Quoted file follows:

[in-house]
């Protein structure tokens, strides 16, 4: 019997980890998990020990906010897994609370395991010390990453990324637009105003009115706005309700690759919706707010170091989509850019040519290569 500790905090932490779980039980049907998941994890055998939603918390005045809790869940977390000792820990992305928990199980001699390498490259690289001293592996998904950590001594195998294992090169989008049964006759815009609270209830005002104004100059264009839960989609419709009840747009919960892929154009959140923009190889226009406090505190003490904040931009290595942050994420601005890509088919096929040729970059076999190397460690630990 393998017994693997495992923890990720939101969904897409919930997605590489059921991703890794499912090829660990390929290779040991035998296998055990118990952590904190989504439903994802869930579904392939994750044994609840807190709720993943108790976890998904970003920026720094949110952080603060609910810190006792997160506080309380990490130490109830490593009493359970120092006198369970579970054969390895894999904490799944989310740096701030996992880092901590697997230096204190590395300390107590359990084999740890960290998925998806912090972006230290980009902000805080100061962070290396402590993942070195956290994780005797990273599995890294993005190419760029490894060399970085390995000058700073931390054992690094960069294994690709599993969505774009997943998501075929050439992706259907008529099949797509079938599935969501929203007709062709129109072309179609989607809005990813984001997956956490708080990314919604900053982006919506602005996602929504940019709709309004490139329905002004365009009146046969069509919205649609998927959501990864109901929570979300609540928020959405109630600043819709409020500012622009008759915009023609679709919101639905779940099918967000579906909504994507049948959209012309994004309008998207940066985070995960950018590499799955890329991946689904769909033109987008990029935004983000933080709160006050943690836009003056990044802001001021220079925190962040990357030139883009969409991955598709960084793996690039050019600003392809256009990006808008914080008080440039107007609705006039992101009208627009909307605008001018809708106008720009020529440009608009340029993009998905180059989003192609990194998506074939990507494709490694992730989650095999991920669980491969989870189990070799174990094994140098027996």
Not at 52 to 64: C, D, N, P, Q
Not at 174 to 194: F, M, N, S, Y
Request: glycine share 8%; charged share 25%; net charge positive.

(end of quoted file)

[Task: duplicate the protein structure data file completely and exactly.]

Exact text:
[in-house]
């Protein structure tokens, strides 16, 4: 019997980890998990020990906010897994609370395991010390990453990324637009105003009115706005309700690759919706707010170091989509850019040519290569 500790905090932490779980039980049907998941994890055998939603918390005045809790869940977390000792820990992305928990199980001699390498490259690289001293592996998904950590001594195998294992090169989008049964006759815009609270209830005002104004100059264009839960989609419709009840747009919960892929154009959140923009190889226009406090505190003490904040931009290595942050994420601005890509088919096929040729970059076999190397460690630990 393998017994693997495992923890990720939101969904897409919930997605590489059921991703890794499912090829660990390929290779040991035998296998055990118990952590904190989504439903994802869930579904392939994750044994609840807190709720993943108790976890998904970003920026720094949110952080603060609910810190006792997160506080309380990490130490109830490593009493359970120092006198369970579970054969390895894999904490799944989310740096701030996992880092901590697997230096204190590395300390107590359990084999740890960290998925998806912090972006230290980009902000805080100061962070290396402590993942070195956290994780005797990273599995890294993005190419760029490894060399970085390995000058700073931390054992690094960069294994690709599993969505774009997943998501075929050439992706259907008529099949797509079938599935969501929203007709062709129109072309179609989607809005990813984001997956956490708080990314919604900053982006919506602005996602929504940019709709309004490139329905002004365009009146046969069509919205649609998927959501990864109901929570979300609540928020959405109630600043819709409020500012622009008759915009023609679709919101639905779940099918967000579906909504994507049948959209012309994004309008998207940066985070995960950018590499799955890329991946689904769909033109987008990029935004983000933080709160006050943690836009003056990044802001001021220079925190962040990357030139883009969409991955598709960084793996690039050019600003392809256009990006808008914080008080440039107007609705006039992101009208627009909307605008001018809708106008720009020529440009608009340029993009998905180059989003192609990194998506074939990507494709490694992730989650095999991920669980491969989870189990070799174990094994140098027996």
Not at 52 to 64: C, D, N, P, Q
Not at 174 to 194: F, M, N, S, Y
Request: glycine share 8%; charged share 25%; net charge positive.